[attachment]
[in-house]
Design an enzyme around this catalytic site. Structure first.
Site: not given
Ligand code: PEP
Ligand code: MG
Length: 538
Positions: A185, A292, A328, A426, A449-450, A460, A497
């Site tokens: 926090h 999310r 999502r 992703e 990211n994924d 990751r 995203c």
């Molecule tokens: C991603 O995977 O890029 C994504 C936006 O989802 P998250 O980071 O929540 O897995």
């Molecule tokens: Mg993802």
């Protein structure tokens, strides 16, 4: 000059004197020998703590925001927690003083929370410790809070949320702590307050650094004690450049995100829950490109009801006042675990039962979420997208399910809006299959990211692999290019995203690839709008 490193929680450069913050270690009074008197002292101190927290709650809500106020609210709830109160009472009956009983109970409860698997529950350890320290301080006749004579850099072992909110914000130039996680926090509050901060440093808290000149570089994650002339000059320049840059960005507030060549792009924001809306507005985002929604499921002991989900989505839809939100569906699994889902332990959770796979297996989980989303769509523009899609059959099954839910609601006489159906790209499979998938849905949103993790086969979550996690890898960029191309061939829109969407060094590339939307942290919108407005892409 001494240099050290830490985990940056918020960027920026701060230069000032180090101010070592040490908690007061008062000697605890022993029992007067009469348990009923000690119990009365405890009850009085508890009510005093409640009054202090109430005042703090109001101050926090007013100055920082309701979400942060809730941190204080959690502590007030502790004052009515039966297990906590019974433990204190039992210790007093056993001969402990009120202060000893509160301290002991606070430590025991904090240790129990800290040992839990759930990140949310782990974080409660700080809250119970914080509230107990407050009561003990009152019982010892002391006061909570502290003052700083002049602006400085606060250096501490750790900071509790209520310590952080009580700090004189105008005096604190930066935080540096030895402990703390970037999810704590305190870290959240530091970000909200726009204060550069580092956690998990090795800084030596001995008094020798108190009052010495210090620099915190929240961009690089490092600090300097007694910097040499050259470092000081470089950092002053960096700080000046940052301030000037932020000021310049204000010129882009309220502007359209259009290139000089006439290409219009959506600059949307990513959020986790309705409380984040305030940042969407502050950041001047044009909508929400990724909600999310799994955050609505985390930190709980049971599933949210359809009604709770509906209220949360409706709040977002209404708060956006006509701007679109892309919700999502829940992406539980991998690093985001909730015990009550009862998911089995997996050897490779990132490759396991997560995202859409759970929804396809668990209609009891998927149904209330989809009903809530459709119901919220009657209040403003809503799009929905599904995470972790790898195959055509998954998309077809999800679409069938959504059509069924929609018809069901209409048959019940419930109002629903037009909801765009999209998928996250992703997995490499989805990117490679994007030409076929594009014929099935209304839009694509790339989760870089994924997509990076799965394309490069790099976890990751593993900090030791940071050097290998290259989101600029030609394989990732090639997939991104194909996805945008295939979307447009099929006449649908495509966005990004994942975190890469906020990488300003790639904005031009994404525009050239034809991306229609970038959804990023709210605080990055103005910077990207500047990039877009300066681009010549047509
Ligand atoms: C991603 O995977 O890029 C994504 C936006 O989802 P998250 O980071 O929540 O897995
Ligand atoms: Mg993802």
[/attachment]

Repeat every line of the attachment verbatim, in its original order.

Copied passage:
[in-house]
Design an enzyme around this catalytic site. Structure first.
Site: not given
Ligand code: PEP
Ligand code: MG
Length: 538
Positions: A185, A292, A328, A426, A449-450, A460, A497
């Site tokens: 926090h 999310r 999502r 992703e 990211n994924d 990751r 995203c």
């Molecule tokens: C991603 O995977 O890029 C994504 C936006 O989802 P998250 O980071 O929540 O897995």
């Molecule tokens: Mg993802």
């Protein structure tokens, strides 16, 4: 000059004197020998703590925001927690003083929370410790809070949320702590307050650094004690450049995100829950490109009801006042675990039962979420997208399910809006299959990211692999290019995203690839709008 490193929680450069913050270690009074008197002292101190927290709650809500106020609210709830109160009472009956009983109970409860698997529950350890320290301080006749004579850099072992909110914000130039996680926090509050901060440093808290000149570089994650002339000059320049840059960005507030060549792009924001809306507005985002929604499921002991989900989505839809939100569906699994889902332990959770796979297996989980989303769509523009899609059959099954839910609601006489159906790209499979998938849905949103993790086969979550996690890898960029191309061939829109969407060094590339939307942290919108407005892409 001494240099050290830490985990940056918020960027920026701060230069000032180090101010070592040490908690007061008062000697605890022993029992007067009469348990009923000690119990009365405890009850009085508890009510005093409640009054202090109430005042703090109001101050926090007013100055920082309701979400942060809730941190204080959690502590007030502790004052009515039966297990906590019974433990204190039992210790007093056993001969402990009120202060000893509160301290002991606070430590025991904090240790129990800290040992839990759930990140949310782990974080409660700080809250119970914080509230107990407050009561003990009152019982010892002391006061909570502290003052700083002049602006400085606060250096501490750790900071509790209520310590952080009580700090004189105008005096604190930066935080540096030895402990703390970037999810704590305190870290959240530091970000909200726009204060550069580092956690998990090795800084030596001995008094020798108190009052010495210090620099915190929240961009690089490092600090300097007694910097040499050259470092000081470089950092002053960096700080000046940052301030000037932020000021310049204000010129882009309220502007359209259009290139000089006439290409219009959506600059949307990513959020986790309705409380984040305030940042969407502050950041001047044009909508929400990724909600999310799994955050609505985390930190709980049971599933949210359809009604709770509906209220949360409706709040977002209404708060956006006509701007679109892309919700999502829940992406539980991998690093985001909730015990009550009862998911089995997996050897490779990132490759396991997560995202859409759970929804396809668990209609009891998927149904209330989809009903809530459709119901919220009657209040403003809503799009929905599904995470972790790898195959055509998954998309077809999800679409069938959504059509069924929609018809069901209409048959019940419930109002629903037009909801765009999209998928996250992703997995490499989805990117490679994007030409076929594009014929099935209304839009694509790339989760870089994924997509990076799965394309490069790099976890990751593993900090030791940071050097290998290259989101600029030609394989990732090639997939991104194909996805945008295939979307447009099929006449649908495509966005990004994942975190890469906020990488300003790639904005031009994404525009050239034809991306229609970038959804990023709210605080990055103005910077990207500047990039877009300066681009010549047509
Ligand atoms: C991603 O995977 O890029 C994504 C936006 O989802 P998250 O980071 O929540 O897995
Ligand atoms: Mg993802």